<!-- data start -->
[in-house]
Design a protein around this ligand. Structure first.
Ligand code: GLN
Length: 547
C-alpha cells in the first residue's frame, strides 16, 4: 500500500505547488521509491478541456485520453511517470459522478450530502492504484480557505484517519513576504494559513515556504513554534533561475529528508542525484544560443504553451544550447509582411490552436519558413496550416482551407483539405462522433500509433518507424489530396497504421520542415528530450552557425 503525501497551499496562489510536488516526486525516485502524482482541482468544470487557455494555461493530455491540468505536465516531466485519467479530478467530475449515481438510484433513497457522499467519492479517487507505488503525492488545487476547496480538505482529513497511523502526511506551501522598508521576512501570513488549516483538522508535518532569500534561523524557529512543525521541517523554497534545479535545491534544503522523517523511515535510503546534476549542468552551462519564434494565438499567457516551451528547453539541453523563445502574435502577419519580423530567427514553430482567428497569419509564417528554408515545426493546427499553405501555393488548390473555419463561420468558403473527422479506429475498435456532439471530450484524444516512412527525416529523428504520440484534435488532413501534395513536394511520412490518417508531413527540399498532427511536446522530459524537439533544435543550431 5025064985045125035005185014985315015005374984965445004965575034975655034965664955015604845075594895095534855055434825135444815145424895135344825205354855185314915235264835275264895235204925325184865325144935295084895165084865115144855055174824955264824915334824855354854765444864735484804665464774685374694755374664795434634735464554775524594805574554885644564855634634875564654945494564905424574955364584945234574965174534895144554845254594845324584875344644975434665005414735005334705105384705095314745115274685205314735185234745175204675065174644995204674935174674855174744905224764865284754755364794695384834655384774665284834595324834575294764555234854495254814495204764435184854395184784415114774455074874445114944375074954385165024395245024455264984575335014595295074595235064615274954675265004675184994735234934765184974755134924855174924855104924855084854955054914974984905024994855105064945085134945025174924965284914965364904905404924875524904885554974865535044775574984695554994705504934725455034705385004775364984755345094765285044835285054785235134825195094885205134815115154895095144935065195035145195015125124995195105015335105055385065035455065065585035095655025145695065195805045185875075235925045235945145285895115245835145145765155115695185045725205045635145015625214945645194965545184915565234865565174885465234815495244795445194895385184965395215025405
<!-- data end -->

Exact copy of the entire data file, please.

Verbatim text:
[in-house]
Design a protein around this ligand. Structure first.
Ligand code: GLN
Length: 547
C-alpha cells in the first residue's frame, strides 16, 4: 500500500505547488521509491478541456485520453511517470459522478450530502492504484480557505484517519513576504494559513515556504513554534533561475529528508542525484544560443504553451544550447509582411490552436519558413496550416482551407483539405462522433500509433518507424489530396497504421520542415528530450552557425 503525501497551499496562489510536488516526486525516485502524482482541482468544470487557455494555461493530455491540468505536465516531466485519467479530478467530475449515481438510484433513497457522499467519492479517487507505488503525492488545487476547496480538505482529513497511523502526511506551501522598508521576512501570513488549516483538522508535518532569500534561523524557529512543525521541517523554497534545479535545491534544503522523517523511515535510503546534476549542468552551462519564434494565438499567457516551451528547453539541453523563445502574435502577419519580423530567427514553430482567428497569419509564417528554408515545426493546427499553405501555393488548390473555419463561420468558403473527422479506429475498435456532439471530450484524444516512412527525416529523428504520440484534435488532413501534395513536394511520412490518417508531413527540399498532427511536446522530459524537439533544435543550431 5025064985045125035005185014985315015005374984965445004965575034975655034965664955015604845075594895095534855055434825135444815145424895135344825205354855185314915235264835275264895235204925325184865325144935295084895165084865115144855055174824955264824915334824855354854765444864735484804665464774685374694755374664795434634735464554775524594805574554885644564855634634875564654945494564905424574955364584945234574965174534895144554845254594845324584875344644975434665005414735005334705105384705095314745115274685205314735185234745175204675065174644995204674935174674855174744905224764865284754755364794695384834655384774665284834595324834575294764555234854495254814495204764435184854395184784415114774455074874445114944375074954385165024395245024455264984575335014595295074595235064615274954675265004675184994735234934765184974755134924855174924855104924855084854955054914974984905024994855105064945085134945025174924965284914965364904905404924875524904885554974865535044775574984695554994705504934725455034705385004775364984755345094765285044835285054785235134825195094885205134815115154895095144935065195035145195015125124995195105015335105055385065035455065065585035095655025145695065195805045185875075235925045235945145285895115245835145145765155115695185045725205045635145015625214945645194965545184915565234865565174885465234815495244795445194895385184965395215025405